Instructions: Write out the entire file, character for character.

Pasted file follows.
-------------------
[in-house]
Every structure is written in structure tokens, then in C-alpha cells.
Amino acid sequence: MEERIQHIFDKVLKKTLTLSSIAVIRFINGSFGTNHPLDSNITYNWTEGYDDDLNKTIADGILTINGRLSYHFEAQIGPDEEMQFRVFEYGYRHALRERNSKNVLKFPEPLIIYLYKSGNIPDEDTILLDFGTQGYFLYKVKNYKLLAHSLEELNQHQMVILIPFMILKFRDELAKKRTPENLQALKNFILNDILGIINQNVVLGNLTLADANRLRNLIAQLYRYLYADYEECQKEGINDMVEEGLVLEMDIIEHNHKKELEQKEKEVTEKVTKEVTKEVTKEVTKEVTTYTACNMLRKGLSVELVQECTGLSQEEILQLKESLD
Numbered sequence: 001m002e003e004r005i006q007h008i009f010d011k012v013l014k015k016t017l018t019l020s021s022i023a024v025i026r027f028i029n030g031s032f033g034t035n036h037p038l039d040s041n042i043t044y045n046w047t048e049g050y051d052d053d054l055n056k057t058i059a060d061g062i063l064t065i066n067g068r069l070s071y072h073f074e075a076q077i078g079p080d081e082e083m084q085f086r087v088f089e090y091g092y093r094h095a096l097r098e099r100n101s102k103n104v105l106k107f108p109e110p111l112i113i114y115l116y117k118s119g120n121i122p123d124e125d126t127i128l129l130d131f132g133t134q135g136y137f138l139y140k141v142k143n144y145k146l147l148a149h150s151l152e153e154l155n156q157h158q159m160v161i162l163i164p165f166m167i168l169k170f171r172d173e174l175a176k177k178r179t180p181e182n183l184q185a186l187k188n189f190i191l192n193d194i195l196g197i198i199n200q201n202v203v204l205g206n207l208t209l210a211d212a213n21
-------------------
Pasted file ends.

[in-house]
Every structure is written in structure tokens, then in C-alpha cells.
Amino acid sequence: MEERIQHIFDKVLKKTLTLSSIAVIRFINGSFGTNHPLDSNITYNWTEGYDDDLNKTIADGILTINGRLSYHFEAQIGPDEEMQFRVFEYGYRHALRERNSKNVLKFPEPLIIYLYKSGNIPDEDTILLDFGTQGYFLYKVKNYKLLAHSLEELNQHQMVILIPFMILKFRDELAKKRTPENLQALKNFILNDILGIINQNVVLGNLTLADANRLRNLIAQLYRYLYADYEECQKEGINDMVEEGLVLEMDIIEHNHKKELEQKEKEVTEKVTKEVTKEVTKEVTKEVTTYTACNMLRKGLSVELVQECTGLSQEEILQLKESLD
Numbered sequence: 001m002e003e004r005i006q007h008i009f010d011k012v013l014k015k016t017l018t019l020s021s022i023a024v025i026r027f028i029n030g031s032f033g034t035n036h037p038l039d040s041n042i043t044y045n046w047t048e049g050y051d052d053d054l055n056k057t058i059a060d061g062i063l064t065i066n067g068r069l070s071y072h073f074e075a076q077i078g079p080d081e082e083m084q085f086r087v088f089e090y091g092y093r094h095a096l097r098e099r100n101s102k103n104v105l106k107f108p109e110p111l112i113i114y115l116y117k118s119g120n121i122p123d124e125d126t127i128l129l130d131f132g133t134q135g136y137f138l139y140k141v142k143n144y145k146l147l148a149h150s151l152e153e154l155n156q157h158q159m160v161i162l163i164p165f166m167i168l169k170f171r172d173e174l175a176k177k178r179t180p181e182n183l184q185a186l187k188n189f190i191l192n193d194i195l196g197i198i199n200q201n202v203v204l205g206n207l208t209l210a211d212a213n21